I am using R to estimate the error in the slope of a regression line. (I will later use the slope to calculate something.) I have some data, call them $x$ and $y$, and will fit a linear regression such as $y = mx+c$. If y has some error associated with it, say $\delta y = 0.1$ for example, what is the error in the slope?

The residual standard error given by the lm() function in R does not take this error in y into account. So how do I take the residual standard error and add the error in y that I have?

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    $\begingroup$ Could you please explain what you mean by "gradient"? One would have supposed you mean the coefficient $m$, but you contradict that where you claim lm does not account for the errors in y. $\endgroup$
    – whuber
    Jan 4, 2017 at 19:13
  • $\begingroup$ Yes coefficient m $\endgroup$
    – Joe Wragg
    Jan 4, 2017 at 19:14
  • $\begingroup$ Okay. What is the reason you claim "the lm() function in R does not take into account this error in y"? Because that's untrue, we ought to explore the origin of this misbelief because it might help us understand what question you're actually trying to formulate. $\endgroup$
    – whuber
    Jan 4, 2017 at 19:18
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    $\begingroup$ I don't see anything that is incorrect in that description when it's properly interpreted. The squares of the residuals automatically incorporate any variation in the responses $y$: that's part and parcel of what least squares does. I suspect you will need to explain, as clearly as possible, what you mean by "error bars on my points." $\endgroup$
    – whuber
    Jan 4, 2017 at 19:24
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    $\begingroup$ @whuber, I think he means that OLS assumes your data are measured w/o error, & that the resulting estimated error variance will be the sum of the true error variance and the variance of the measurement error. $\endgroup$ Jan 4, 2017 at 19:29

1 Answer 1


Let's consider the simplest case: There is measurement error in $Y$ only. It is normally distributed, centered on the true value of each $y_i$, and independent (of the value of $y_i$, $x_i$, etc.). We'll say the standard deviation of the measurement error is $0.1$. That seems to be the situation you have in mind.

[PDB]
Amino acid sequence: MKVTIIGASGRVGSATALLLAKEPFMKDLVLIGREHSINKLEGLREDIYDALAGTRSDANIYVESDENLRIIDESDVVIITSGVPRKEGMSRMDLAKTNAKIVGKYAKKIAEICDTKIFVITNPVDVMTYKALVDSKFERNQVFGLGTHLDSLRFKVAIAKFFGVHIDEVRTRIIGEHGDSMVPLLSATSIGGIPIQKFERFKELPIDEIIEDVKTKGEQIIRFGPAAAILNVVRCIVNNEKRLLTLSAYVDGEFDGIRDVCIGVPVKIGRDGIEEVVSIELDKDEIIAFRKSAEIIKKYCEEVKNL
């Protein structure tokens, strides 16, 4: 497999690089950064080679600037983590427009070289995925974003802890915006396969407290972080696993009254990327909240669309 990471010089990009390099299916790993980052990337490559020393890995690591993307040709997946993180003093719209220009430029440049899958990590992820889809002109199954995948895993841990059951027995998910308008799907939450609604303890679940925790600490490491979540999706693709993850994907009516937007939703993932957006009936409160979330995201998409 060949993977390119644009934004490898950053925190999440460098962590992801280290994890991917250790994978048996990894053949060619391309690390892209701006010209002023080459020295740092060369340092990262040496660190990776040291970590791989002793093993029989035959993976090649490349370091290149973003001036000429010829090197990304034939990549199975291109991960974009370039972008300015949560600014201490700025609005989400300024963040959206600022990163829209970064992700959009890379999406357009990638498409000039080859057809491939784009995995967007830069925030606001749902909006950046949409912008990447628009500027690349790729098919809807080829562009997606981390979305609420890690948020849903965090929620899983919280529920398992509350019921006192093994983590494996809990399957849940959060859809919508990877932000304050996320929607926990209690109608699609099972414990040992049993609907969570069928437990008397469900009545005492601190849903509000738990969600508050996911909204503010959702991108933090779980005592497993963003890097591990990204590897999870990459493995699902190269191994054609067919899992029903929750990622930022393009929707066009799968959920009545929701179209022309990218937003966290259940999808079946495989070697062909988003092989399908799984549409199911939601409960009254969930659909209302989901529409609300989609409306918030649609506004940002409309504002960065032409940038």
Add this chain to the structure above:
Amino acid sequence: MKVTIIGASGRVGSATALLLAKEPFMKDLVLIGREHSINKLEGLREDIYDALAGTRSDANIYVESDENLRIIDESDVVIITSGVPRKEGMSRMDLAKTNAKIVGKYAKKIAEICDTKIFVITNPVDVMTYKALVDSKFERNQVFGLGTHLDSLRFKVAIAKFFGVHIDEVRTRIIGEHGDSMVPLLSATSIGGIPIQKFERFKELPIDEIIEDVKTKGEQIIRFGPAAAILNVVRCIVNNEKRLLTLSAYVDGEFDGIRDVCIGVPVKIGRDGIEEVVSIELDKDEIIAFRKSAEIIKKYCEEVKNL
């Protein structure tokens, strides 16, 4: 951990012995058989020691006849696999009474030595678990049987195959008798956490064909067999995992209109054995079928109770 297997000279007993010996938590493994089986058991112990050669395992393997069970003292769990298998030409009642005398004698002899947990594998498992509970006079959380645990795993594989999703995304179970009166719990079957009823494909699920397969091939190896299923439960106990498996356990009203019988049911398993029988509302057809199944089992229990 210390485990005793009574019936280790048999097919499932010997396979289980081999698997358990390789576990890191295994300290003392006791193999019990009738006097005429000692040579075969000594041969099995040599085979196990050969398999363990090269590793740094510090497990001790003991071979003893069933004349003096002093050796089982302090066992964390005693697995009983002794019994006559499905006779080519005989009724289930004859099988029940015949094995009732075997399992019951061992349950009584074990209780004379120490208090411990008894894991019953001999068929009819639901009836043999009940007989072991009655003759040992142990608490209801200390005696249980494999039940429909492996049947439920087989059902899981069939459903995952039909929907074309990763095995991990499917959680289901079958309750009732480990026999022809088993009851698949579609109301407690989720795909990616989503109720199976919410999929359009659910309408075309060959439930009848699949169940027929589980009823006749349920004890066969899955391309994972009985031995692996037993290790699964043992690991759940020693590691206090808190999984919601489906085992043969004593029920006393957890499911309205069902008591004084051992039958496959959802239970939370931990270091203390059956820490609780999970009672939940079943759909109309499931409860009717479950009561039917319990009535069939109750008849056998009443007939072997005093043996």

In this case, the variance of the residuals will be inflated relative to the true variance of the errors. (Note that "errors" is the traditional—unfortunate—name of the random part of the data generating process, they are not erroneous in the everyday sense, and they are not the same as the measurement errors.) Specifically, variances add, so the expected variance of the residuals will be the true variance of the errors plus the variance of the measurement error. What R calls the "residual standard error" is (somewhat bizarrely) the standard deviation of the residuals (cf., here), so you need to square that to get the variance. If you knew the variance of the measurement error a-priori, or had some independent estimate of it, you could simply subtract that value from the result. If you'd like, you could take the square root of the difference to get an estimate of the SD of the errors.

On the other hand, the standard error of the slope is based on the variability in your observed data. Since this is what was used to fit the slope, and slopes fit on data with measurement error should bounce around more widely that slopes fit on data measured without measurement error. As a result, I would not advise you to try to remove the variance of the measurement error from the standard errors of your regression parameters. They are correct already.


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